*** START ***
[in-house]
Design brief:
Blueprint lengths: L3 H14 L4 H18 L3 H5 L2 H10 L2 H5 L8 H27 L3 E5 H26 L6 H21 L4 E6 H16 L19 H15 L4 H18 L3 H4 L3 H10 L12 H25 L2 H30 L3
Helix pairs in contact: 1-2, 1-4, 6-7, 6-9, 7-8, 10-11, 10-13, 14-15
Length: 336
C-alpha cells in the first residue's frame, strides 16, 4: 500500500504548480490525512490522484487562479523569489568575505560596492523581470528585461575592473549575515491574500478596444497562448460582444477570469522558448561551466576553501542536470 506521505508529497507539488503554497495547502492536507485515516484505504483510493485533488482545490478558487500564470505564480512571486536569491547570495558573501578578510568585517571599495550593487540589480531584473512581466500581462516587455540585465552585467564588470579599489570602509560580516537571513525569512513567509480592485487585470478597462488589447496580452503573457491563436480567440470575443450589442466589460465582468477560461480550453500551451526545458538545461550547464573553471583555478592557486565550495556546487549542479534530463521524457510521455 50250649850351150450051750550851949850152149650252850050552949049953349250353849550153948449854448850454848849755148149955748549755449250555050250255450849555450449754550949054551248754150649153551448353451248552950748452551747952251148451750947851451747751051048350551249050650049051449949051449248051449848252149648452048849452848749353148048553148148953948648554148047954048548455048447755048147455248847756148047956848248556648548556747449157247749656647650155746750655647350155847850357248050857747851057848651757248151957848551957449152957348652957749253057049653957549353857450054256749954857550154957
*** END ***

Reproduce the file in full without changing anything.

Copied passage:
[in-house]
Design brief:
Blueprint lengths: L3 H14 L4 H18 L3 H5 L2 H10 L2 H5 L8 H27 L3 E5 H26 L6 H21 L4 E6 H16 L19 H15 L4 H18 L3 H4 L3 H10 L12 H25 L2 H30 L3
Helix pairs in contact: 1-2, 1-4, 6-7, 6-9, 7-8, 10-11, 10-13, 14-15
Length: 336
C-alpha cells in the first residue's frame, strides 16, 4: 500500500504548480490525512490522484487562479523569489568575505560596492523581470528585461575592473549575515491574500478596444497562448460582444477570469522558448561551466576553501542536470 506521505508529497507539488503554497495547502492536507485515516484505504483510493485533488482545490478558487500564470505564480512571486536569491547570495558573501578578510568585517571599495550593487540589480531584473512581466500581462516587455540585465552585467564588470579599489570602509560580516537571513525569512513567509480592485487585470478597462488589447496580452503573457491563436480567440470575443450589442466589460465582468477560461480550453500551451526545458538545461550547464573553471583555478592557486565550495556546487549542479534530463521524457510521455 50250649850351150450051750550851949850152149650252850050552949049953349250353849550153948449854448850454848849755148149955748549755449250555050250255450849555450449754550949054551248754150649153551448353451248552950748452551747952251148451750947851451747751051048350551249050650049051449949051449248051449848252149648452048849452848749353148048553148148953948648554148047954048548455048447755048147455248847756148047956848248556648548556747449157247749656647650155746750655647350155847850357248050857747851057848651757248151957848551957449152957348652957749253057049653957549353857450054256749954857550154957